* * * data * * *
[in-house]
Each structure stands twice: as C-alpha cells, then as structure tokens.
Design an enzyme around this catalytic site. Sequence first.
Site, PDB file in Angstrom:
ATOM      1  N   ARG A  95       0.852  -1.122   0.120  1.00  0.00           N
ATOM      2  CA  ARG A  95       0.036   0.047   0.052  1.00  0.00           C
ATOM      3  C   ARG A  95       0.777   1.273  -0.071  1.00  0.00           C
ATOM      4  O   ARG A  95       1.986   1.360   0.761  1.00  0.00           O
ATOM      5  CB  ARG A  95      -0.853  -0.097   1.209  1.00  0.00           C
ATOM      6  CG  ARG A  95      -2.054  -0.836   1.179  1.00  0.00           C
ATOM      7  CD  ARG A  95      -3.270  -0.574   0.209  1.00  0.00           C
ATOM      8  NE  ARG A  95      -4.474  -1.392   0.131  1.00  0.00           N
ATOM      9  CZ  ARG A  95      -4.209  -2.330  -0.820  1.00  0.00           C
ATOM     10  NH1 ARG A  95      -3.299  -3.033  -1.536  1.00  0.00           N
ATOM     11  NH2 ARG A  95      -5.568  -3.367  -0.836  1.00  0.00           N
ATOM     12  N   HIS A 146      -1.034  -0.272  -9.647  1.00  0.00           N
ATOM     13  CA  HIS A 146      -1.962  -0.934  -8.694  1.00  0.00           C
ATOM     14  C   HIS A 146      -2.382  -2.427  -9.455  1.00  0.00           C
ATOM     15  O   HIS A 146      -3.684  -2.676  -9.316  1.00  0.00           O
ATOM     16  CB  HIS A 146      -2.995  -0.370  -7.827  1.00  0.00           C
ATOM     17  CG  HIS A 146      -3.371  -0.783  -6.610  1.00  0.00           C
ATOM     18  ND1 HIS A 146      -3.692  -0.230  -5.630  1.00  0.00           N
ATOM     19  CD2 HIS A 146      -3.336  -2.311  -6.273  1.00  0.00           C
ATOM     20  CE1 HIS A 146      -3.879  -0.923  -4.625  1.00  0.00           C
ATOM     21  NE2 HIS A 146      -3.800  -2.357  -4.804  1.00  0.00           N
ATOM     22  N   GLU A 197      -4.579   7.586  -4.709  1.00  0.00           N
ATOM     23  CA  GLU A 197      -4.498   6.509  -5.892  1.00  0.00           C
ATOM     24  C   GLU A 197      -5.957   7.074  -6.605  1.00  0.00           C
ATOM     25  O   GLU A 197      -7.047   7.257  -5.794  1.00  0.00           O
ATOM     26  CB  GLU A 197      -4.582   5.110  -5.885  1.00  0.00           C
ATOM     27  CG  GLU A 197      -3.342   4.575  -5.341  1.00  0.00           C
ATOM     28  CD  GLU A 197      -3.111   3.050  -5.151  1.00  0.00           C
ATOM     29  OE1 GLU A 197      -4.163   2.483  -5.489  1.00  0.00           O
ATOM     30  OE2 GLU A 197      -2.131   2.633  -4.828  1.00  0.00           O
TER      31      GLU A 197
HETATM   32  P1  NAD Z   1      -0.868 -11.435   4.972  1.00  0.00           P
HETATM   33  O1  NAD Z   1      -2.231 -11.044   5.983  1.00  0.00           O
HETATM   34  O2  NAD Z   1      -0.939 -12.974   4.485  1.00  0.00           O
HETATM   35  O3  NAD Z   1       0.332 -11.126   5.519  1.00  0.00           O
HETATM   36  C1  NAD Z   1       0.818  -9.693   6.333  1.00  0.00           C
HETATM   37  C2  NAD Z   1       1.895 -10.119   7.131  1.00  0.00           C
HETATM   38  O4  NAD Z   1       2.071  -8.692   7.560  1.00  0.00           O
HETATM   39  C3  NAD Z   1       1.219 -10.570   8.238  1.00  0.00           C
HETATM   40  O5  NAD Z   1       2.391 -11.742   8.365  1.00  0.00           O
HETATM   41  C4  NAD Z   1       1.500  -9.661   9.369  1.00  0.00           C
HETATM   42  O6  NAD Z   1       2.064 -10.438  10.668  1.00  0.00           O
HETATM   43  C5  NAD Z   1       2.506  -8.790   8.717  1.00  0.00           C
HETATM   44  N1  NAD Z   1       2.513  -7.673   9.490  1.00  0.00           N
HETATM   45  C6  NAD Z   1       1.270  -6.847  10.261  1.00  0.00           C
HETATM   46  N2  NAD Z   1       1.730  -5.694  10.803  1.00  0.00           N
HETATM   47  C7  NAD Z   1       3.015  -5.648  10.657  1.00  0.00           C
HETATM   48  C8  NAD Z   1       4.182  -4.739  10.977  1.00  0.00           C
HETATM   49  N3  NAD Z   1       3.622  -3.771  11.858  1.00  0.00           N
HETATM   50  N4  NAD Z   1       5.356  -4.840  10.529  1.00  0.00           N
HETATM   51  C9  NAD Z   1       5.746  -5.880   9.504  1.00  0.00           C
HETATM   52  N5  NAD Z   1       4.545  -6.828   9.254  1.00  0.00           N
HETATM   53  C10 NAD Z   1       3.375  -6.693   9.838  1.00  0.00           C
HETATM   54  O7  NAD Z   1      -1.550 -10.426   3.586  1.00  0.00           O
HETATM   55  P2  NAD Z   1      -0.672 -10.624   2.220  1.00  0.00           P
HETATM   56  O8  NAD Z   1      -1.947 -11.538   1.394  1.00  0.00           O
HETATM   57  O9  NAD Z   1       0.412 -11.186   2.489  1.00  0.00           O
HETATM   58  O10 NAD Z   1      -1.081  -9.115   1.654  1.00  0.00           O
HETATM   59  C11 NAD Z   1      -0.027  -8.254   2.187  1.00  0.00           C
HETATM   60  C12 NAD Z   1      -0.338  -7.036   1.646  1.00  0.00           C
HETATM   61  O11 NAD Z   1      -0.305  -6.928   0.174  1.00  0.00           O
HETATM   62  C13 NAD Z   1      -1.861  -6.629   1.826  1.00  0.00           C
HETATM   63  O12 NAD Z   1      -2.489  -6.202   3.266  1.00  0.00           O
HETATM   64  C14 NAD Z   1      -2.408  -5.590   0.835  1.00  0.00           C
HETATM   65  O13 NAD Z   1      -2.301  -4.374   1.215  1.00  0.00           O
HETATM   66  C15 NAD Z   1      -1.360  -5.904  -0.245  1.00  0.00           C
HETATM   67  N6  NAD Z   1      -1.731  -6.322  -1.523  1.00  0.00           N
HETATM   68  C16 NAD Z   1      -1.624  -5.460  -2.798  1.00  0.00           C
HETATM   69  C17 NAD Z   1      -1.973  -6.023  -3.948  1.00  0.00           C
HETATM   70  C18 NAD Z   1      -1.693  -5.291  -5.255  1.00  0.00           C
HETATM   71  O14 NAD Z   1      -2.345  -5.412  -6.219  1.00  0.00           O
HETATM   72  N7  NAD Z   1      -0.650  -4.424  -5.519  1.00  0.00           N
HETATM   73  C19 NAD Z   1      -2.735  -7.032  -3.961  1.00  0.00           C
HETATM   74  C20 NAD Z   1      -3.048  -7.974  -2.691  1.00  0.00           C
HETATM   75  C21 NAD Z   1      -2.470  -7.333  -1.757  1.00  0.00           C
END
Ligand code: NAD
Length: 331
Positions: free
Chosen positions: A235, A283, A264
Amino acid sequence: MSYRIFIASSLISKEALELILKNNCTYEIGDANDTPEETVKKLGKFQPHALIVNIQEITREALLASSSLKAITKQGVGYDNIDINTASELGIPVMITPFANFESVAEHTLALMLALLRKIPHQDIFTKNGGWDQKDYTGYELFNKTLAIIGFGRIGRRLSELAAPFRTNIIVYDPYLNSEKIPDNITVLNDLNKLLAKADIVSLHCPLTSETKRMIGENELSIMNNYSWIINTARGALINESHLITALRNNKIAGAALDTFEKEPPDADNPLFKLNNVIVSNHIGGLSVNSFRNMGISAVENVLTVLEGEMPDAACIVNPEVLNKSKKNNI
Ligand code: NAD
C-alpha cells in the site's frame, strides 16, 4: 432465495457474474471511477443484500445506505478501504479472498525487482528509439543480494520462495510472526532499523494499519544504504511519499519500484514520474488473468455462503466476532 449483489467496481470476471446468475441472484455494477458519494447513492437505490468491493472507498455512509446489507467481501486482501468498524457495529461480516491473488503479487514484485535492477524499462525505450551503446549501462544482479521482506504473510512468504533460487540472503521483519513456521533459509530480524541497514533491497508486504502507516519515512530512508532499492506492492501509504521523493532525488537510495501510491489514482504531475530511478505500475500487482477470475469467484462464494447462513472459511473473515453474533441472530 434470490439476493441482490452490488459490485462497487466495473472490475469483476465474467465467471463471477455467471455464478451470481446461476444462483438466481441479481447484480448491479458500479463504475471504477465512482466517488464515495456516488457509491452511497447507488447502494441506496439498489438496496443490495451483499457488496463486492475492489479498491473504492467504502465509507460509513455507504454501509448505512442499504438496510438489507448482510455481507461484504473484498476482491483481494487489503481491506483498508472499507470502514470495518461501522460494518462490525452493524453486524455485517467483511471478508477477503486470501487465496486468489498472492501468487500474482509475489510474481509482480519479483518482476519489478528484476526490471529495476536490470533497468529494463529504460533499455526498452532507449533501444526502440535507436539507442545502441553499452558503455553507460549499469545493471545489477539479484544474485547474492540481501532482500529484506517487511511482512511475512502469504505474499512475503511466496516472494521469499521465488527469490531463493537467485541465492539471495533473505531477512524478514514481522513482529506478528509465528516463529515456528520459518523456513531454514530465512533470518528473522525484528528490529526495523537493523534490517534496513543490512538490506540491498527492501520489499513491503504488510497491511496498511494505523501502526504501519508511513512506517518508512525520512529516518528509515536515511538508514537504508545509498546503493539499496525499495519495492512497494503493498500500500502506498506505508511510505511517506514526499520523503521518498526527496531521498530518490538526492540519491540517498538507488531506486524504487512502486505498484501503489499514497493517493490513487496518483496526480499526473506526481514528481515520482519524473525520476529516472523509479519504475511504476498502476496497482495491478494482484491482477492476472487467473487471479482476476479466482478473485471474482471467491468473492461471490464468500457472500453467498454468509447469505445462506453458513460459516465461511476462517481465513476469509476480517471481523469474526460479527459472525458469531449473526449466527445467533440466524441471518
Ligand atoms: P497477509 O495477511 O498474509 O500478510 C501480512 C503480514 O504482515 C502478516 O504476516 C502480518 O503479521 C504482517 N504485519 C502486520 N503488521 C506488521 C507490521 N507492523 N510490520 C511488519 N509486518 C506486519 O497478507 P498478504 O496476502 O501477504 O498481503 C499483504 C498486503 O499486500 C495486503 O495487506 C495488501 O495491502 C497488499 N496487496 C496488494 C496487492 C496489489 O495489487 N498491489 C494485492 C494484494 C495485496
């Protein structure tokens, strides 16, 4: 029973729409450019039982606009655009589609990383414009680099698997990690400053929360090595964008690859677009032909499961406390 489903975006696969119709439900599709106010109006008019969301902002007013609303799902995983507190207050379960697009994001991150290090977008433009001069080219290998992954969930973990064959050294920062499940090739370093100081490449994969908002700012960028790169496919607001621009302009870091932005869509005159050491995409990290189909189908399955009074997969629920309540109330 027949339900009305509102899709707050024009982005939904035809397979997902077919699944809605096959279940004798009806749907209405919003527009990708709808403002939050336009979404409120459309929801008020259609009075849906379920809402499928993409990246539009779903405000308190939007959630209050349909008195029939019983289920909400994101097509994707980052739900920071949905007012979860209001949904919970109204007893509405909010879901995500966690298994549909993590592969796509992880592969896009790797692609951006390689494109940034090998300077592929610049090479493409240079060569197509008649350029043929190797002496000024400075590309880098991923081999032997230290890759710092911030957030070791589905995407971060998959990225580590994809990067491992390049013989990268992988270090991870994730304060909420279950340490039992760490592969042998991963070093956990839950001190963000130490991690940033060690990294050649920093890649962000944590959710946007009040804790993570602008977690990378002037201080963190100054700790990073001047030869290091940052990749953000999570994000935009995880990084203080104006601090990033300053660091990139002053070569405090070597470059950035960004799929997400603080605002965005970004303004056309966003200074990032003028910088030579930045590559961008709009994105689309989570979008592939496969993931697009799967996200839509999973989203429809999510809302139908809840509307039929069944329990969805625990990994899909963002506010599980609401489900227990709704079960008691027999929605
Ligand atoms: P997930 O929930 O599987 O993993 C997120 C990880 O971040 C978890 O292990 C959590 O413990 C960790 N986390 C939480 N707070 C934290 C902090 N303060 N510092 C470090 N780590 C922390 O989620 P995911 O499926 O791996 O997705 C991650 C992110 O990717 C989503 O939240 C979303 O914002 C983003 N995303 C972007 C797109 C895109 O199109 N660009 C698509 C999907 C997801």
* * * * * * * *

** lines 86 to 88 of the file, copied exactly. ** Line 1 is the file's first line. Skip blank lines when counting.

Ligand code: NAD
C-alpha cells in the site's frame, strides 16, 4: 432465495457474474471511477443484500445506505478501504479472498525487482528509439543480494520462495510472526532499523494499519544504504511519499519500484514520474488473468455462503466476532 449483489467496481470476471446468475441472484455494477458519494447513492437505490468491493472507498455512509446489507467481501486482501468498524457495529461480516491473488503479487514484485535492477524499462525505450551503446549501462544482479521482506504473510512468504533460487540472503521483519513456521533459509530480524541497514533491497508486504502507516519515512530512508532499492506492492501509504521523493532525488537510495501510491489514482504531475530511478505500475500487482477470475469467484462464494447462513472459511473473515453474533441472530 434470490439476493441482490452490488459490485462497487466495473472490475469483476465474467465467471463471477455467471455464478451470481446461476444462483438466481441479481447484480448491479458500479463504475471504477465512482466517488464515495456516488457509491452511497447507488447502494441506496439498489438496496443490495451483499457488496463486492475492489479498491473504492467504502465509507460509513455507504454501509448505512442499504438496510438489507448482510455481507461484504473484498476482491483481494487489503481491506483498508472499507470502514470495518461501522460494518462490525452493524453486524455485517467483511471478508477477503486470501487465496486468489498472492501468487500474482509475489510474481509482480519479483518482476519489478528484476526490471529495476536490470533497468529494463529504460533499455526498452532507449533501444526502440535507436539507442545502441553499452558503455553507460549499469545493471545489477539479484544474485547474492540481501532482500529484506517487511511482512511475512502469504505474499512475503511466496516472494521469499521465488527469490531463493537467485541465492539471495533473505531477512524478514514481522513482529506478528509465528516463529515456528520459518523456513531454514530465512533470518528473522525484528528490529526495523537493523534490517534496513543490512538490506540491498527492501520489499513491503504488510497491511496498511494505523501502526504501519508511513512506517518508512525520512529516518528509515536515511538508514537504508545509498546503493539499496525499495519495492512497494503493498500500500502506498506505508511510505511517506514526499520523503521518498526527496531521498530518490538526492540519491540517498538507488531506486524504487512502486505498484501503489499514497493517493490513487496518483496526480499526473506526481514528481515520482519524473525520476529516472523509479519504475511504476498502476496497482495491478494482484491482477492476472487467473487471479482476476479466482478473485471474482471467491468473492461471490464468500457472500453467498454468509447469505445462506453458513460459516465461511476462517481465513476469509476480517471481523469474526460479527459472525458469531449473526449466527445467533440466524441471518
Ligand atoms: P497477509 O495477511 O498474509 O500478510 C501480512 C503480514 O504482515 C502478516 O504476516 C502480518 O503479521 C504482517 N504485519 C502486520 N503488521 C506488521 C507490521 N507492523 N510490520 C511488519 N509486518 C506486519 O497478507 P498478504 O496476502 O501477504 O498481503 C499483504 C498486503 O499486500 C495486503 O495487506 C495488501 O495491502 C497488499 N496487496 C496488494 C496487492 C496489489 O495489487 N498491489 C494485492 C494484494 C495485496